Change that stands the test of time: Best Practices


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Planning for change
It's easy to get caught up in the technology evaluation process, but before venturing too far down the path of technology selection, establishing requirements and objectives is paramount. An awareness of technology options is healthy, but it's also important to resist the temptation to select the technology first and then rationalize an architecture around it.

At a minimum, your checklist should include the following:

Scalability: By scalability, I'm not referring solely to storage capacity. It's important to plan for growth, but other attributes of system scalability are also critical. Performance scalability, in terms of the ability to increase I/O in a predictable and consistent manner, is an important design factor. Likewise, the ability of advanced features, such as mirroring, replication and load balancing, to perform optimally even with maximum capacities and mixed workloads is often overlooked when the emphasis is primarily on the number of terabytes or petabytes.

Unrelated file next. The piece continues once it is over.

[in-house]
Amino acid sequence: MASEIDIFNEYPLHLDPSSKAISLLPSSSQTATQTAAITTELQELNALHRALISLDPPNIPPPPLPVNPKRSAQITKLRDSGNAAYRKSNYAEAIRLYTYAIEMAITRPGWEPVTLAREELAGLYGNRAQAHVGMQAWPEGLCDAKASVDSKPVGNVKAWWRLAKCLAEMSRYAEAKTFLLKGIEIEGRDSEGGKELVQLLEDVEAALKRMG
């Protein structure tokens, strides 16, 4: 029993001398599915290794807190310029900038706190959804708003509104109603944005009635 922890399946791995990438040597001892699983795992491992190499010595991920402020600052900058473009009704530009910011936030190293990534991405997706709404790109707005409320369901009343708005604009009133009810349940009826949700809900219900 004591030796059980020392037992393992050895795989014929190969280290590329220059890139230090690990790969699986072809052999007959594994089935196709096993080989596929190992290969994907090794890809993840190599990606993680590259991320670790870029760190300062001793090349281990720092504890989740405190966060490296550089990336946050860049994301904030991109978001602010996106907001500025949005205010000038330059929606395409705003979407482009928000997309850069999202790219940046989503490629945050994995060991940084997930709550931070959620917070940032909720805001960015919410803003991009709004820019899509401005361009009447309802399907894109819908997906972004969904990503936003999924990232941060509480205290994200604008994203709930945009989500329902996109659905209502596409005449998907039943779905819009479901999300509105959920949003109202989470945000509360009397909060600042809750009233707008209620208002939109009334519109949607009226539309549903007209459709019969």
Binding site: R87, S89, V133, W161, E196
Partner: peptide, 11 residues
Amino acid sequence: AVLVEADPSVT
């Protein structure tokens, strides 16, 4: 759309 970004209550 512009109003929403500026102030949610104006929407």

Resiliency: System availability and recoverability requirements continue to become more stringent, but they're only as reliable as the weakest link in the overall supply chain. Appropriately matching resiliency components of storage with application capabilities and other infrastructure components, as well

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as establishing (on an organization-wide basis) standard availability and recoverability policies, are prerequisites of an effective design.

Serviceability and support: While not as sexy as new technology bells and whistles, service and support can be a make-or-break feature. Adopting advanced technology is great until something goes wrong and help is required. What are the organizational expectations in this area? Factors to consider include response time, geographical coverage and level of vendor involvement. While larger, more established vendors may have the edge in this regard, some users report that smaller, up-and-coming vendors offer advantages such as more personalized attention and faster problem escalation.

Manageability: In an era of hypergrowth, the ease with which an environment can be configured, monitored and otherwise administered becomes increasingly important. An understanding of key processes, such as provisioning and change management, factor significantly into design and product selection. Other considerations include organizational factors like data center distribution and growing needs for remote management.

This was first published in July 2008

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